Simpsonville Chiropractor
Visit Our Location
647 SE Main St Simpsonville, SC 29681
Give Us a Call
(864) 963-9304

Taking Care of That Not-So-Furry Mouse!

Stop a moment to notice what you are doing with the mouse right now as you read. Are you gripping it for dear life? Do you actually need to be holding the mouse at all? As you move the mouse around, are you putting tension in your shoulders, arms, or hand? How about when you click—are you using the minimum amount of energy necessary, or are you pounding on it? Where is the mouse—are you having to reach to use it?

If you found that you were gripping the mouse and experiencing tension all over your upper body, you are not alone. Mouse use creates its own set of problems. Since we tend to hold our hands on a mouse for extended periods of time, tension is created. Sometimes the tension that we put in our hands while using the mouse can then carry over into other daily activities. Perhaps even while “relaxing” we may find that our hands are still in that tensed state that we created while working at the computer. When you are away from the computer, take a moment to stop and notice. Are your hands relaxed, or are they still tense and stiffened? That tension is likely to extend clear up into your shoulders and back, creating aches or pain there as well.

Ways to Improve Your Use of the Mouse

The next time you are actively working at your computer, take inventory of how you are using the mouse. Here are a few things to think about:

  • How firmly must your hold the mouse in order to move it around? Would it be possible to use less tension and still accomplish your work? How much less?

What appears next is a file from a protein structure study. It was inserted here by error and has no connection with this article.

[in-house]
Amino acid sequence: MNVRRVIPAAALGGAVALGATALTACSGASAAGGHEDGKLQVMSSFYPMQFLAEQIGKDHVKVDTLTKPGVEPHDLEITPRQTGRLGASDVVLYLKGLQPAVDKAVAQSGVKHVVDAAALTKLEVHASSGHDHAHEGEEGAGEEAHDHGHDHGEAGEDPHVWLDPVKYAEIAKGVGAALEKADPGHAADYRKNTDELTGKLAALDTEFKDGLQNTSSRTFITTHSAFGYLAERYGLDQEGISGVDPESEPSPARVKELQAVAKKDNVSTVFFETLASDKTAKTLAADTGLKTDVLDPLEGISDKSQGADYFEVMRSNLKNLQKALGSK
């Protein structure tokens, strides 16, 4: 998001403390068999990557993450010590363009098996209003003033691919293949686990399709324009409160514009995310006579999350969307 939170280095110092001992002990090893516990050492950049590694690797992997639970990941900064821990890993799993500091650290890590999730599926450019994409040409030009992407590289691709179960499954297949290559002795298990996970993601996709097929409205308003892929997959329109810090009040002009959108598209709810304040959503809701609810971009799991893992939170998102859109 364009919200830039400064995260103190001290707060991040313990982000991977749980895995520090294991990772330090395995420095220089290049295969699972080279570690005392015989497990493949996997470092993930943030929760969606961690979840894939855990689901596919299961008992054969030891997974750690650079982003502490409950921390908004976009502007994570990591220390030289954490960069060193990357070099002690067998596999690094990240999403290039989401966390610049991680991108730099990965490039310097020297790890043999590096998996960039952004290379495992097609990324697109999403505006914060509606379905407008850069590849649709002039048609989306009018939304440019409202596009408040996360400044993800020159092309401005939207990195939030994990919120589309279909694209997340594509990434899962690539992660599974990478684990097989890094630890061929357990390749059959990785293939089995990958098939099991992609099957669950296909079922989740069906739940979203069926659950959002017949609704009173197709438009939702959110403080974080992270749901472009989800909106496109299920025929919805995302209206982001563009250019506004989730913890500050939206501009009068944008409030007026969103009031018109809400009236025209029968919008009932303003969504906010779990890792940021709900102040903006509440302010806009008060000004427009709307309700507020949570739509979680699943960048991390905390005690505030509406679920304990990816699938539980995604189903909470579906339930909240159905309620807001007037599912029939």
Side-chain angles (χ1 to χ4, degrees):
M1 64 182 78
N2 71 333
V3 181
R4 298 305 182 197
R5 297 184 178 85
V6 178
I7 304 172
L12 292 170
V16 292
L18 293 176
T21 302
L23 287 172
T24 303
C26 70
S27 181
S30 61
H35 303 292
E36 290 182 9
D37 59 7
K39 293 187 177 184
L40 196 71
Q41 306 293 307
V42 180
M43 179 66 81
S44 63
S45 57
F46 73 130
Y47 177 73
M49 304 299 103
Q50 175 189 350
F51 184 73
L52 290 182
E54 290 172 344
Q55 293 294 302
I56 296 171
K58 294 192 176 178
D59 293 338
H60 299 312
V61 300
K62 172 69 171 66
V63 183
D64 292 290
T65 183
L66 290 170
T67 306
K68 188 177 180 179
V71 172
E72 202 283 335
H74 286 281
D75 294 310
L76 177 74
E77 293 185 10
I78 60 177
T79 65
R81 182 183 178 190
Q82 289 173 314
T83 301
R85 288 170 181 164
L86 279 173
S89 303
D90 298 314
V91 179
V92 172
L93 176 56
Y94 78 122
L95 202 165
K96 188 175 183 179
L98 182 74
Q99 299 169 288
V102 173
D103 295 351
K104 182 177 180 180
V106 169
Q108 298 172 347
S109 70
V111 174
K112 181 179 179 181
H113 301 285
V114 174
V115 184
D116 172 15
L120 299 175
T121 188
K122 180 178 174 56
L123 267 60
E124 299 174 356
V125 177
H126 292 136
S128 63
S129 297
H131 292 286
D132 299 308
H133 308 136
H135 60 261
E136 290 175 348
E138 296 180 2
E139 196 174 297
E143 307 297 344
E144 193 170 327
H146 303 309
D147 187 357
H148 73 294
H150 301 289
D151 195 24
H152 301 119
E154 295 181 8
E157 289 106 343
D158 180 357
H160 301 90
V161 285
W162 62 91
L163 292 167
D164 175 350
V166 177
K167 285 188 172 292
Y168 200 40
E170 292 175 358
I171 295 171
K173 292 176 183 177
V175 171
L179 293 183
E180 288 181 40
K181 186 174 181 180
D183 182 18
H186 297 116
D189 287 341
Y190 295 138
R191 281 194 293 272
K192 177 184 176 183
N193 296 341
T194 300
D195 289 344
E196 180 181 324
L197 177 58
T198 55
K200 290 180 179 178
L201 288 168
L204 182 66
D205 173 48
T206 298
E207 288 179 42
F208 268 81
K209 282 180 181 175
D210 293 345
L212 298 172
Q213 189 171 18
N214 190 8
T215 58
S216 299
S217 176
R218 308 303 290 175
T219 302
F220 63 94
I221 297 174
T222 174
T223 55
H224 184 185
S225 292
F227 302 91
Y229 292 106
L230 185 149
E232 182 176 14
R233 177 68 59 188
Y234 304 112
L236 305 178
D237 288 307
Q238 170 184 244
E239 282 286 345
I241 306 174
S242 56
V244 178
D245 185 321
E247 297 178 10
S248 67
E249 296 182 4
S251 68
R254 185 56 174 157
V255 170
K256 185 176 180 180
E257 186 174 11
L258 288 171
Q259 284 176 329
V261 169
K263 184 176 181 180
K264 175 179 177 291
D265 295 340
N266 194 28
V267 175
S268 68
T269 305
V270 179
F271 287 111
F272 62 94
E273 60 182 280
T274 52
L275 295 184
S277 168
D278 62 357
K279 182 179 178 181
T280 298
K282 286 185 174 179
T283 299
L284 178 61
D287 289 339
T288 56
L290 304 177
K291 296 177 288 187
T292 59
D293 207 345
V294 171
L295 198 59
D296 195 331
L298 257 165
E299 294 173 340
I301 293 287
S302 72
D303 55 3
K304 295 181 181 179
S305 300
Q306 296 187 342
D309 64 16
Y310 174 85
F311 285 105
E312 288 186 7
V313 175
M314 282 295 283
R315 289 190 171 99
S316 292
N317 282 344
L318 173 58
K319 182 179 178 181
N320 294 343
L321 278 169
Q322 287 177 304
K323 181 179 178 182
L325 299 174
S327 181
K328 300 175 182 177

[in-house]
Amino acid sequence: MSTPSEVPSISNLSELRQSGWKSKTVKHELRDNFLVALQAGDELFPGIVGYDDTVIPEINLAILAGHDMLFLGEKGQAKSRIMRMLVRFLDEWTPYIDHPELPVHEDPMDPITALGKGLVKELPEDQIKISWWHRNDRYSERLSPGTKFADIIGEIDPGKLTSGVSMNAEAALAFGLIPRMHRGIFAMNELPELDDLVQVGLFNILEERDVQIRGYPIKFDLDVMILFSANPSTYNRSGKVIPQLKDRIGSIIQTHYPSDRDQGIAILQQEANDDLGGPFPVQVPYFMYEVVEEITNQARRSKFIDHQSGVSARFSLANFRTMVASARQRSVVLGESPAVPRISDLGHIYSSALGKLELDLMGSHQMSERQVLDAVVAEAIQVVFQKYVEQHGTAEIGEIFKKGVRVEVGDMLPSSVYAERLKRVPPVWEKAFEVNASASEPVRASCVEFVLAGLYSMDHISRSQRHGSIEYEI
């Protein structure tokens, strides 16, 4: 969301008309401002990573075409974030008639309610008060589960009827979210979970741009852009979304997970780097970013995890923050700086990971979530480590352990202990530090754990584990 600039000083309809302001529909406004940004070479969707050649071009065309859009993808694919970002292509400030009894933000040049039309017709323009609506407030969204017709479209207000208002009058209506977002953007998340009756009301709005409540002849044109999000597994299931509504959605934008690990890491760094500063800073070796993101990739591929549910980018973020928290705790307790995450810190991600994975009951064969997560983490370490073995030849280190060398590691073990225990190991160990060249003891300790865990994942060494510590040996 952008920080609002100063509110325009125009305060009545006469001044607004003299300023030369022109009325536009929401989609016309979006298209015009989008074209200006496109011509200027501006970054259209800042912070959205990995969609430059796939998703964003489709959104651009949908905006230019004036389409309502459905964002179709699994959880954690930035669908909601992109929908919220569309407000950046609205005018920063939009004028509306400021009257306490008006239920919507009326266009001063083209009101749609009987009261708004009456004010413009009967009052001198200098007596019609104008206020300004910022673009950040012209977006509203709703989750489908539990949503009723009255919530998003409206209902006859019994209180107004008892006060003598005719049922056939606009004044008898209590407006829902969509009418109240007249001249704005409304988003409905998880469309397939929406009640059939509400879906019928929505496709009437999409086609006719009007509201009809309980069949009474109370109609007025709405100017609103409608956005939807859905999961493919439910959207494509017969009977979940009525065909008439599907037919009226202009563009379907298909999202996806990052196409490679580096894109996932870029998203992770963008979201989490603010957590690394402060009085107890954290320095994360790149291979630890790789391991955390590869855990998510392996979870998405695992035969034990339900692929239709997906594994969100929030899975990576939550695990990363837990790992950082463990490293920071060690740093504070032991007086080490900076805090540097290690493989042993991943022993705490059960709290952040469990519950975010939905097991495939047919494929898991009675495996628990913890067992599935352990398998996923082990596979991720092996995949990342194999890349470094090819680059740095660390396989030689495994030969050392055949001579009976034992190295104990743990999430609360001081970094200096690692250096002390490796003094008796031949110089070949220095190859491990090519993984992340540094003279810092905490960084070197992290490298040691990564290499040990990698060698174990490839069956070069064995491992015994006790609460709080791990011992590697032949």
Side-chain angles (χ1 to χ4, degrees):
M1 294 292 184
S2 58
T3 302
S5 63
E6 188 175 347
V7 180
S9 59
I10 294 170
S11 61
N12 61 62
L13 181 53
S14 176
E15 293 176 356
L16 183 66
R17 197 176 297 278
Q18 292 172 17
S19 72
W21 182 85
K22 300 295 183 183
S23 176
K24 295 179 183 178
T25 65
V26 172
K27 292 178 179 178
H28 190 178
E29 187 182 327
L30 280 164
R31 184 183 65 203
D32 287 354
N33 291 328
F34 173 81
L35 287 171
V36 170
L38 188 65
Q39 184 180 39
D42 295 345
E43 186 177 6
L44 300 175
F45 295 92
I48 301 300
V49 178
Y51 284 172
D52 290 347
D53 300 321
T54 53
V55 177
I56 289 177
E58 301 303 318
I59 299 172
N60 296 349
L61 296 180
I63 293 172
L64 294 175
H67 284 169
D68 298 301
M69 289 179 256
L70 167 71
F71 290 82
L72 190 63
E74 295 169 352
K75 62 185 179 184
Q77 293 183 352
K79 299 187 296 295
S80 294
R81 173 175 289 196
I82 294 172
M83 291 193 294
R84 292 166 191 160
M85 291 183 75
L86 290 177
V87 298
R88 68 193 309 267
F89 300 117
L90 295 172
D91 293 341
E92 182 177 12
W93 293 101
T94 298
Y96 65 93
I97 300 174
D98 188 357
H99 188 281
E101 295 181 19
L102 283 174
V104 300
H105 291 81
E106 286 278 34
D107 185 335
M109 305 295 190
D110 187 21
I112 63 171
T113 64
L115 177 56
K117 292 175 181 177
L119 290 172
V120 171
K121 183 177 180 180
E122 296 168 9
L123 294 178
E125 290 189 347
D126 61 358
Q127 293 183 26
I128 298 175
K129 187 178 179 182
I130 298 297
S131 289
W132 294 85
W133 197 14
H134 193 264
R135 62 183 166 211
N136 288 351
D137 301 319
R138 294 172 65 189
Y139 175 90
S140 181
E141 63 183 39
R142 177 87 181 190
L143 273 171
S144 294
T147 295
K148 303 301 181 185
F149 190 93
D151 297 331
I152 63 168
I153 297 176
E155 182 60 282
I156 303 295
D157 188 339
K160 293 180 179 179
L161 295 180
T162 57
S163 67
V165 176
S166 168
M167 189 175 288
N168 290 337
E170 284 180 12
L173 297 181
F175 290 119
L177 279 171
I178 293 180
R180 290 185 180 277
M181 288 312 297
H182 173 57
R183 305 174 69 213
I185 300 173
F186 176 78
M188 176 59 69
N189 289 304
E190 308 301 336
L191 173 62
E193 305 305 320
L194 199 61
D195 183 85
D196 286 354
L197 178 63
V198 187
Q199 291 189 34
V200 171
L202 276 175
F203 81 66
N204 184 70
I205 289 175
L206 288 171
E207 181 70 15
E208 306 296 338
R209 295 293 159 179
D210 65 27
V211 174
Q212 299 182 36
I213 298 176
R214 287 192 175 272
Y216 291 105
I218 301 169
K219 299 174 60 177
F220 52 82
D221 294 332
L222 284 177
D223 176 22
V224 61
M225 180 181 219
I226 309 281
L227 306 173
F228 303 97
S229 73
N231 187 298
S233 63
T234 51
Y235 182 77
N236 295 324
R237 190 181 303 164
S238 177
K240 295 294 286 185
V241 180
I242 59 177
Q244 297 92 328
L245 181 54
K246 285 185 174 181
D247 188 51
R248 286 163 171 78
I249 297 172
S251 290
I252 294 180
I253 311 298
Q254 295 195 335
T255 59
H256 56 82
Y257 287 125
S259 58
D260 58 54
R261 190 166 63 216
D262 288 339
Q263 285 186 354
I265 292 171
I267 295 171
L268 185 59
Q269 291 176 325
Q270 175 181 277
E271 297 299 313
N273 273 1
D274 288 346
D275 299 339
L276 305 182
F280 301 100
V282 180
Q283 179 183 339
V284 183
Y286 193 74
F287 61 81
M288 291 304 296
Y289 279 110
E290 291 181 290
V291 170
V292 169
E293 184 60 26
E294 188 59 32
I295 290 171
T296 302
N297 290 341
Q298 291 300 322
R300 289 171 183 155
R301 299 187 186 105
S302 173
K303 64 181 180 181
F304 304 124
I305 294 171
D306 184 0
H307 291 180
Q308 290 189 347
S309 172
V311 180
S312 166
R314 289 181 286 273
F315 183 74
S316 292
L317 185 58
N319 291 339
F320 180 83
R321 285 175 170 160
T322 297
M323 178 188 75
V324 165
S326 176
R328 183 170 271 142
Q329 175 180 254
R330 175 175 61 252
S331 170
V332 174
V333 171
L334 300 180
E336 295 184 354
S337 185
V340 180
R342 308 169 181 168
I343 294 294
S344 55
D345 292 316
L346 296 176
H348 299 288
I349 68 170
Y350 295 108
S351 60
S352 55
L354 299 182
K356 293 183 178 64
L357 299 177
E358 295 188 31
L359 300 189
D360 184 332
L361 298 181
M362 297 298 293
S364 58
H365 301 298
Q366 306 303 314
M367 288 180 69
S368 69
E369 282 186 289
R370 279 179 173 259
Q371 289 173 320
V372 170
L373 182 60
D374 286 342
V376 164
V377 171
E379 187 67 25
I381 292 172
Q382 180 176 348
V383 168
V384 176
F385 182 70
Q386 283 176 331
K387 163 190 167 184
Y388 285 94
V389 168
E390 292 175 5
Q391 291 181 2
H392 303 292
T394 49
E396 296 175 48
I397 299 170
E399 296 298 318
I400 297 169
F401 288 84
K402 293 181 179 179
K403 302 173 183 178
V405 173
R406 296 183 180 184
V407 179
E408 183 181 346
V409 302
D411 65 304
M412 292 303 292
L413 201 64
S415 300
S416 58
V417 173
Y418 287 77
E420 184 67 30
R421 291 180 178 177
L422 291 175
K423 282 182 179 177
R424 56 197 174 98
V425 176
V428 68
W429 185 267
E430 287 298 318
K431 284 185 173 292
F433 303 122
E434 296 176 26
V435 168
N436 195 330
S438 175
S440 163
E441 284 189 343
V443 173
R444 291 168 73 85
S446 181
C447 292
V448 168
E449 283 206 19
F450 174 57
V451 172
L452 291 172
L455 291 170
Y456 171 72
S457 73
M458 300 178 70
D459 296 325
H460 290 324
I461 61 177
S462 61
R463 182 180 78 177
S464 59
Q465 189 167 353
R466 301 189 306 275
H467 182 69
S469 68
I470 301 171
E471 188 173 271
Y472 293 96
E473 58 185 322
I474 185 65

• When you click the mouse, how much pressure are you exerting on the clicker? How little effort would it take to make that click?
  • When you are not actually using the mouse (e.g. when you’re stopping to read an article), could you take your hand off the mouse altogether and release the tension in your hand?
  • How close to your body is the mouse? To avoid reaching, try to keep the mouse as close to your body as possible. (Some companies make a swinging “mouse arm” that will help you position the mouse in a better place.)
  • After you leave the computer, how is your hand? Are you still carrying around some tension that accumulated while you were working? Can you release that tension as soon as you are aware of it?

Did these exercises make you aware of some new things about your hands that you had not noticed before? Tell us your experience in the comments below.

Join us next time when we will look at issues relating to cell phone use.

Also read:

What is the Use of Technology Doing to Your Body?

Ready, Set, Type!

How Are You Sitting While Using Your Computer?

Keep Your Head Balanced for More Ease While Working

 A Forgotten Source of Support

How Do You Use Your Hands at the Computer?

*The information in this article is not intended to diagnose or treat any medical condition and does not substitute for a thorough evaluation by a medical professional.  Please consult your chiropractor or physician to determine whether these self-care tips are appropriate for you.
 Photo courtesy of Creative Commons

Leave a Reply

Your email address will not be published. Required fields are marked *